High risk doesn’t always mean high reward
Research has shown that shares with less volatile prices tend to outperform shares with more volatile share price.
Of course, this doesn’t apply to every stock, but on average, low-risk
shares have beaten high-risk ones, Piper Terrett in Money Week
Robert Haugen and James Heins spotted this back in the early 1970s. They found there was a negative relationship between risk and return in the US stock market and the bond market.
Haugen and Heins concluded the higher the risk, the lower the realised return.
Numerous other studies since then have come up with the same conclusion.
Why investing in low-risk shares can be more profitable
Feifei Li of US research firm, Research Affiliates, says it has a lot to do with low-risk stocks trading at a discount to the wider market and to higher risk shares for long periods of time.
The reasons behind this may lie with behaviour rather than financial factors. For example…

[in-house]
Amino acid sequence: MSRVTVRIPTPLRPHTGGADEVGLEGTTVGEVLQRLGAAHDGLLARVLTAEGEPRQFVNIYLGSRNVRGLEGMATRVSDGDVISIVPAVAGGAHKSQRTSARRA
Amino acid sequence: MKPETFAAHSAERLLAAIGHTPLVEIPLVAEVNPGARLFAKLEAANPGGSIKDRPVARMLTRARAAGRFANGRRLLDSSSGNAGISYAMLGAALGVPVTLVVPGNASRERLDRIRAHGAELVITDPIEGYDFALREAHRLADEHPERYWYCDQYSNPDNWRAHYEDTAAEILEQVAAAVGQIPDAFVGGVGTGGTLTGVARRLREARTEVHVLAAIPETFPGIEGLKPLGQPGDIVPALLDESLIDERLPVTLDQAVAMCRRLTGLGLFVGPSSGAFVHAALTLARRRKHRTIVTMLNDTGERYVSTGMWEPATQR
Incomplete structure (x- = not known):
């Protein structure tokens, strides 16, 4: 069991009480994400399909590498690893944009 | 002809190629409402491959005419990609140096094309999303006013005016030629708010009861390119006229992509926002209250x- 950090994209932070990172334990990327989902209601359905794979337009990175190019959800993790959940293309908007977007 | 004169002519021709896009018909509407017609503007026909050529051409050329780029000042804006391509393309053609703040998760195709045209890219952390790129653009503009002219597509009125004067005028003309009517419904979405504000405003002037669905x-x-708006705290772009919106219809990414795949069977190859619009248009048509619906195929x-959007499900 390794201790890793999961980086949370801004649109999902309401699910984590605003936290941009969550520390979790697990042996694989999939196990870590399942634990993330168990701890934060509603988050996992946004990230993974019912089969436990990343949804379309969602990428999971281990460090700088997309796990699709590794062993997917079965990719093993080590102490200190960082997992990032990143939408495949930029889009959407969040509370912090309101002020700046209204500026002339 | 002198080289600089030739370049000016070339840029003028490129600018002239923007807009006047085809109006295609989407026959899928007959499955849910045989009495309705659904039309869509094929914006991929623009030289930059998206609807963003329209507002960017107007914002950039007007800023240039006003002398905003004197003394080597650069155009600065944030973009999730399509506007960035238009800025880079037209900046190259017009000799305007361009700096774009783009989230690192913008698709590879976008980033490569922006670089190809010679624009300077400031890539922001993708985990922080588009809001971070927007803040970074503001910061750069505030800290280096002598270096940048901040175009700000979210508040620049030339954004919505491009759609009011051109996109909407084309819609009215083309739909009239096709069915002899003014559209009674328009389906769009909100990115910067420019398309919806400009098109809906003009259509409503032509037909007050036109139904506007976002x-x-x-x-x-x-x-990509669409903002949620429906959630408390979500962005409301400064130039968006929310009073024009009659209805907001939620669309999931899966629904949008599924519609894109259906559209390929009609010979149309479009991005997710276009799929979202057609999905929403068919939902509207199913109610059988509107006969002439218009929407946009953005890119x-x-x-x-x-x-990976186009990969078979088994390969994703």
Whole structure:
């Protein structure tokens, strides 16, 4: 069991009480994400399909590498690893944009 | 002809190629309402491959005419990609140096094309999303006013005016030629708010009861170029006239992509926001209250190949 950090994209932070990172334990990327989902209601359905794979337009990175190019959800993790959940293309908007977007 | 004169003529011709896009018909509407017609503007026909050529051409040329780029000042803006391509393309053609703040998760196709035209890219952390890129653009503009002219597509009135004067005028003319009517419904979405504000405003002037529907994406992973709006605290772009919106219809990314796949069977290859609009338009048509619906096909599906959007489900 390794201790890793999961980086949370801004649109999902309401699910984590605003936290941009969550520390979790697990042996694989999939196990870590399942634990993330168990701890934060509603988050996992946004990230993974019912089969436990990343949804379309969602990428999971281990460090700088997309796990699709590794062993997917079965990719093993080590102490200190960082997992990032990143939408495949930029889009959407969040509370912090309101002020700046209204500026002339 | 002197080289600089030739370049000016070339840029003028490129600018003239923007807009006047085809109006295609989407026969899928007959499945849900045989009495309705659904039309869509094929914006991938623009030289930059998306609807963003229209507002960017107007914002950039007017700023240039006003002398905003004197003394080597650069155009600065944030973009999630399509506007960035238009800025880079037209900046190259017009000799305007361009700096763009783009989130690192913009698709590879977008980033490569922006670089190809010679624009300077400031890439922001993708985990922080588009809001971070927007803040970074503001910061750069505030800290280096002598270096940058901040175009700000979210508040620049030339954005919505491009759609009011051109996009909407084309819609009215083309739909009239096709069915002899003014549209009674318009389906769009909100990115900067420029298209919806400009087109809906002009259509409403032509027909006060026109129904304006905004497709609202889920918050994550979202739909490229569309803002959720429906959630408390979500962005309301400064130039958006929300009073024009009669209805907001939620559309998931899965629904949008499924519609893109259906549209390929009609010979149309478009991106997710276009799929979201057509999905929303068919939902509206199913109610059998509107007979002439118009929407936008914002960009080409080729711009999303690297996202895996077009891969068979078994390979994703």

Investors are more likely to invest in high-risk stocks as there’s a chance of better returns, ignoring lower-risk stocks in the process. This pushes up the prices of these higher-risk stocks, and pushes down the prices of lower-risk stocks.
More volatile stocks hit the headlines. This creates a demand for these shares.
Even the behaviour of fund managers could have an impact on this. Fund managers tend to focus on high performing stocks, ignoring lower-risk stocks in the process.
What this means for you as an investor
If history is anything to go by, focusing on buying low-risk stocks and holding for the long-term pays off. Of course, if everyone in the market started doing this, the prices of lower-risk stocks would rise.
But with long-term performance on their side for the moment, an investment strategy focusing on low risk, low volatility stocks could prove profitable.
So there you have it. Why you shouldn’t believe that investing in higher risk stocks will make you more money.
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